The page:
The explanation, as you may have guessed from the context that I’m talking about it, hinges on smell. If a bad-tasting prey animal also smelled bad, that smell would double down with the bright colors to warn even a truly naive predator off. Both individual associative learning and evolution of the population would strengthen the predators’ reluctance to take the first bite.

But why bother with the color when you already smell bad? While you could argue a number of ways that you get from camouflaged and stinky to neon-bright and stinky, the Norsemen have provided a compelling explanation via mathematical modeling: the stink may actually have driven the evolutionary change in color.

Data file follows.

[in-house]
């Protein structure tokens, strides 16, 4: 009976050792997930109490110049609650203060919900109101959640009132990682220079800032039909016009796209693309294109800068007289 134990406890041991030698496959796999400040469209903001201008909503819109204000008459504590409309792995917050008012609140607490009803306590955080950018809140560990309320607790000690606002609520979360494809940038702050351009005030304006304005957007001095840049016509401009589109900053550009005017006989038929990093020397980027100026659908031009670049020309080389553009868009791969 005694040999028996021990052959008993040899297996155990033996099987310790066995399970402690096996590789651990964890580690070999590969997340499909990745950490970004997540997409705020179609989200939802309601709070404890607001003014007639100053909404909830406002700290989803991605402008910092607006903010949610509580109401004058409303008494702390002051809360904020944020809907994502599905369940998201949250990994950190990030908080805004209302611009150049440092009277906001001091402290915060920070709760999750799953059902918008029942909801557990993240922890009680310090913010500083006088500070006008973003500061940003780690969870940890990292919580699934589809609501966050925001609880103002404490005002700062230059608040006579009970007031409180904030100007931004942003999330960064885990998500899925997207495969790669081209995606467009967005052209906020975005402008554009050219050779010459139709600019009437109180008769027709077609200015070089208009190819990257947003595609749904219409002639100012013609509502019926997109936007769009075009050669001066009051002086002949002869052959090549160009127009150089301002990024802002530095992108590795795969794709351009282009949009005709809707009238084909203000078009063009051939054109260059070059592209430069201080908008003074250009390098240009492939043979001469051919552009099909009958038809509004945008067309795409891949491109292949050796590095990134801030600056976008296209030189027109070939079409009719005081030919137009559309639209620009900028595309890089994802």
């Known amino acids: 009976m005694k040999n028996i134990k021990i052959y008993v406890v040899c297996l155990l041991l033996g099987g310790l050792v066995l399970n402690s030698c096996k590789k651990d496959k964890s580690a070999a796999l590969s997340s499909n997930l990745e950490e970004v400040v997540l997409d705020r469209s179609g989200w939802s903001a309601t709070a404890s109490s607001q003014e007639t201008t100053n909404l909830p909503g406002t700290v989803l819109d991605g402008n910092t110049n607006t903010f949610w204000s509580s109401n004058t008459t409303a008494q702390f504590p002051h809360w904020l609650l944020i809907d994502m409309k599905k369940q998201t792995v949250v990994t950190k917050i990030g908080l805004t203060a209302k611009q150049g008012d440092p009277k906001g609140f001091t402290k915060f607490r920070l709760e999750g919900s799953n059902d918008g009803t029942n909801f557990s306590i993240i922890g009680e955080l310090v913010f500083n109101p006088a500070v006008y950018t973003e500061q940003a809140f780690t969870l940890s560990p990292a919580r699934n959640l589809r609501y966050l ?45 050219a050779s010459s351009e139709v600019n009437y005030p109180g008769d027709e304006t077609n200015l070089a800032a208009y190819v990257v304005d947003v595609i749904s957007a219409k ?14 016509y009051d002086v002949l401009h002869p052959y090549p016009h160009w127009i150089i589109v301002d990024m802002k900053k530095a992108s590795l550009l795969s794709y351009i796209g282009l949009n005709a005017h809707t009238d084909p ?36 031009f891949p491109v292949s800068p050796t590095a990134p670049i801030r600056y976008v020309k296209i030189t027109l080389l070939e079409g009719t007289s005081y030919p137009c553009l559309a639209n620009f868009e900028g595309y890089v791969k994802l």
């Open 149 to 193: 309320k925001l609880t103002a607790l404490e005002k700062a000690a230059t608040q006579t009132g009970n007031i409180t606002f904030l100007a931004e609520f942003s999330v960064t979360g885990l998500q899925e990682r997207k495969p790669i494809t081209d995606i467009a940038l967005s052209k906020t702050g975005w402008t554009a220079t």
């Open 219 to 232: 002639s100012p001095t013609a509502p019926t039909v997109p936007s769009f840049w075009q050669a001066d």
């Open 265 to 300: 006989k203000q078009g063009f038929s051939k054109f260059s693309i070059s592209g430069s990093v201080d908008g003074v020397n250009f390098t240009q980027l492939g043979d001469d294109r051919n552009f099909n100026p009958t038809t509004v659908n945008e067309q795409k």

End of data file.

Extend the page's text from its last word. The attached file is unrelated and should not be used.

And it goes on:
In their computer model, bright colors only tended to get you killed more often, up until a certain level of stink — at that point, the e-animals with subdued coloring tended to get munched more often. And once that potential is there, the small variations generated by genetic drift will inevitably start to push you toward brighter and brighter colors.

It all hinges on the idea that a garish prey animal makes a predator stop and assess rather than jump in to feed, giving it a chance to notice the bad smell. This makes sense; I’ve seen videos of divers chasing after fleeing great white sharks in clear water — while I wouldn’t think this is a bright thing to try in any case, nobody would venture it in murky water, where the fish are known to bite first and ask questions later.

Predation is, after all, an extremely dangerous lifestyle; it pays for a predator to be a bit conservative. Prey fights back, so if you see something you don’t already know is tasty and relatively easy to catch, it makes sense to stop and think rather than risk tangling with something that may seriously injure you (or, in the case of aposematism, poison you).